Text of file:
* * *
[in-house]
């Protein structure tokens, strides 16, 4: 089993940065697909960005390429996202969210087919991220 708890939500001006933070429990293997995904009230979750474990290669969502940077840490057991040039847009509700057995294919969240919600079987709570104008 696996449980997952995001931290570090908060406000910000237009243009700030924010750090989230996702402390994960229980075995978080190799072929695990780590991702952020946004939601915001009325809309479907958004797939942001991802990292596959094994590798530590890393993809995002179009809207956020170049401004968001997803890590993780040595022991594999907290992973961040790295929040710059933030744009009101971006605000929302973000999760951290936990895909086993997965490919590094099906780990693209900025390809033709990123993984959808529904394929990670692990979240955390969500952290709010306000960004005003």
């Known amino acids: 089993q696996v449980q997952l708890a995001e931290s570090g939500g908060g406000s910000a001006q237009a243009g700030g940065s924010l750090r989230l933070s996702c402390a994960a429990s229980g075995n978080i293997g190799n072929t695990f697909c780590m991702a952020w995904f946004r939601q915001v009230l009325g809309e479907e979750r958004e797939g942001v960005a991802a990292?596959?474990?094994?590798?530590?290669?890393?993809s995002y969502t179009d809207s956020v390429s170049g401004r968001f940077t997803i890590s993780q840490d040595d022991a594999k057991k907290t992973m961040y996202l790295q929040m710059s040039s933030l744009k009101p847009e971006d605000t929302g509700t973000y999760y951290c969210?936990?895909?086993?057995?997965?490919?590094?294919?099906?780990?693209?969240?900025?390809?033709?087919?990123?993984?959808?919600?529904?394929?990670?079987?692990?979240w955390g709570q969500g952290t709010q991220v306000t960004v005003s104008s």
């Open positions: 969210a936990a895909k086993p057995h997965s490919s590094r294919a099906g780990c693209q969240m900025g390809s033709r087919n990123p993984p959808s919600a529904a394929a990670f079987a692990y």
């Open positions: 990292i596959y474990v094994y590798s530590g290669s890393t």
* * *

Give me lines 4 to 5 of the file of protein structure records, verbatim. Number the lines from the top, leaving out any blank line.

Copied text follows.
């Open positions: 969210a936990a895909k086993p057995h997965s490919s590094r294919a099906g780990c693209q969240m900025g390809s033709r087919n990123p993984p959808s919600a529904a394929a990670f079987a692990y």
């Open positions: 990292i596959y474990v094994y590798s530590g290669s890393t």